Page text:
I’VE BEEN HERE BEFORE – You recognize it, don’t you, when you are in a situation that you don’t like? There is a little voice in the back of your consciousness that whispers to you – “don’t go there, make a different choice!” Most of our days we relive the same experiences over again – in our rhythms and routines and relationships. We often make the same choices over and over again even though they do not serve us. I’ve been listening to my little self-speaker this week and when she helps me remember that the last time I was in this situation I made a choice that ended badly then I listened. It is so powerful to be able to stop, breathe, and think before you speak or act. Ok – well I’ll be honest and say there were a few times I didn’t listen. There were times I deliberately chose to ignore my sweet-talking self speaker (I’ll show you where to put your conscience!) and of course those situations ended horribly and I had to brood about it for a while, then go and apologise/forgive/rethink/redo … it just makes more work for me when I ignore it, and then I get stuck in a cycle of negative reactions. So after all, that lets say I was aware of this ‘recognition’ and mostly responded positively, and that is a great beginning 🙂
MOVE SLOWLY – actually walk slower. Talk slower. Take time to breathe and chew and look and listen. Just doing this seems to stretch time even though initially it may feel like you are wasting it. What’s the rush – does it really make a difference to be in a hurry? Moving slower allows you more time to consider what you need to do and make a plan for how things can unfold for you. Somehow it seems to work for me, when I remember to do it. Habits are hard to change, but new skills and new attitudes can help us change our habits.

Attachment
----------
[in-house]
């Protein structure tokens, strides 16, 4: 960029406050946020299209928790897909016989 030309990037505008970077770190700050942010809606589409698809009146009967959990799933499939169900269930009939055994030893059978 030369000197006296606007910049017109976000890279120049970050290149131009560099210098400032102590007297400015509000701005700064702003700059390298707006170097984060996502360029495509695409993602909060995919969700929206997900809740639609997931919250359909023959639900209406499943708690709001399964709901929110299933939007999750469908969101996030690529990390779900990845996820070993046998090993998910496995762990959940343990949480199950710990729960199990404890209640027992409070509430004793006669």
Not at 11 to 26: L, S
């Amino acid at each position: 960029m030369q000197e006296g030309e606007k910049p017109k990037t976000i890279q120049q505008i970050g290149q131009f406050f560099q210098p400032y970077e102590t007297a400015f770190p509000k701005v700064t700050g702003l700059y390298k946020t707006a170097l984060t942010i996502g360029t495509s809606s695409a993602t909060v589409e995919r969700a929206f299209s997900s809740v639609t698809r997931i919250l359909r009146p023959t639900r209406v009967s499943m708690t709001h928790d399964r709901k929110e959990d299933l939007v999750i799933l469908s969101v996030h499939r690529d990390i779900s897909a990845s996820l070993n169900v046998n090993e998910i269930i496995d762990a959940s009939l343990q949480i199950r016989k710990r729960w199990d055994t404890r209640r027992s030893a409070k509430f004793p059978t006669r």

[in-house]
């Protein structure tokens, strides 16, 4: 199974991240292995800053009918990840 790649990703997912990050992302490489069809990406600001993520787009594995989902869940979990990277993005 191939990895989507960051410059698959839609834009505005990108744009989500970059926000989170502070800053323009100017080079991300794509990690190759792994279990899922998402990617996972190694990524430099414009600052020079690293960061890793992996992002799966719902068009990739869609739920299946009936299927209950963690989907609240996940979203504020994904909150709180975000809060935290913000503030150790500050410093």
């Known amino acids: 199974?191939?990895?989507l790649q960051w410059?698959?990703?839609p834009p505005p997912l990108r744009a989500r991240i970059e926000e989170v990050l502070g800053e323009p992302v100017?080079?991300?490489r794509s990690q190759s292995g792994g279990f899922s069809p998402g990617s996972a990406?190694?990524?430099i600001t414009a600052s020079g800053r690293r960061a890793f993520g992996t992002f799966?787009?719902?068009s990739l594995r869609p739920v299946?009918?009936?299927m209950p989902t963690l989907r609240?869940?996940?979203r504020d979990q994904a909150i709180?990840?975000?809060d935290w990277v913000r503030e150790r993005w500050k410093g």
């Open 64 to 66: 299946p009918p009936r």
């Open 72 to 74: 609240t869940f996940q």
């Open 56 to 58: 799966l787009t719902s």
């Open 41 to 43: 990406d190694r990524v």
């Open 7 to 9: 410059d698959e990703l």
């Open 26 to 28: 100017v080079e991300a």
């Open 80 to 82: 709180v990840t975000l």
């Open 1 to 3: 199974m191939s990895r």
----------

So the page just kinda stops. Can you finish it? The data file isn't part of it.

Well that is a pretty good start – my week also ended in a MAJOR declutter. Oh. My. Goodness. What a difference it makes to EVERYTHING when you clear out the crap. Our home is a representation of our body, and we in our homes are a representation of our souls in our bodies. While attending many Anthroposophical conferences in past we would sometimes ask each other “How are you in your home?” Well .. I will tell you more about that it the next post. Let’s say I found Buddha again. I have found my heart-space, I can breathe and move and stretch and think clearly (because I can find what I am looking for!).
So I think this month I am going to dedicate to living slowly – I’d love to hear about your experiences living slowly too.
I’m being very conscious of slowing down my life at the moment. There are a lot of things in my life that dictate how busy my day is – many of these are choices, and some are things I have to put up with until a new choice can be acted on … just at the moment it has become a little overwhelming.
I live on the Gold Coast in Queensland and part of living here means that you have to accept that you will be driving almost everywhere you need to go, and anywhere you need to go is between 20 – 45 minutes away. You have to actually double that time for your return trip. Some days, between the school runs and a few odd jobs in town I can spend up to four or five hours in transit, with my little girls in the back of the car with me.